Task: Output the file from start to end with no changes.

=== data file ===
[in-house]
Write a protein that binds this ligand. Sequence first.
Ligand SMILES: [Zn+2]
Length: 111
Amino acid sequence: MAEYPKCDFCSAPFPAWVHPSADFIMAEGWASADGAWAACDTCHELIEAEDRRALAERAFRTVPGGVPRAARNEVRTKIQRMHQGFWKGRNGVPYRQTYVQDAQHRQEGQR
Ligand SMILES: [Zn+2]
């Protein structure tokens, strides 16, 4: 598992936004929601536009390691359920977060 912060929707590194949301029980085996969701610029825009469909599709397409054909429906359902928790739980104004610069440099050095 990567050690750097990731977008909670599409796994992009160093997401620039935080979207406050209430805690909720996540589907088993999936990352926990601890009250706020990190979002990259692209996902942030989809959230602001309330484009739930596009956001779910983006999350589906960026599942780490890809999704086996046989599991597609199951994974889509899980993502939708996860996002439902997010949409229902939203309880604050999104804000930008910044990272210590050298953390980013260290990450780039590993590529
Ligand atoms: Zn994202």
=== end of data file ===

[in-house]
Write a protein that binds this ligand. Sequence first.
Ligand SMILES: [Zn+2]
Length: 111
Amino acid sequence: MAEYPKCDFCSAPFPAWVHPSADFIMAEGWASADGAWAACDTCHELIEAEDRRALAERAFRTVPGGVPRAARNEVRTKIQRMHQGFWKGRNGVPYRQTYVQDAQHRQEGQR
Ligand SMILES: [Zn+2]
């Protein structure tokens, strides 16, 4: 598992936004929601536009390691359920977060 912060929707590194949301029980085996969701610029825009469909599709397409054909429906359902928790739980104004610069440099050095 990567050690750097990731977008909670599409796994992009160093997401620039935080979207406050209430805690909720996540589907088993999936990352926990601890009250706020990190979002990259692209996902942030989809959230602001309330484009739930596009956001779910983006999350589906960026599942780490890809999704086996046989599991597609199951994974889509899980993502939708996860996002439902997010949409229902939203309880604050999104804000930008910044990272210590050298953390980013260290990450780039590993590529
Ligand atoms: Zn994202």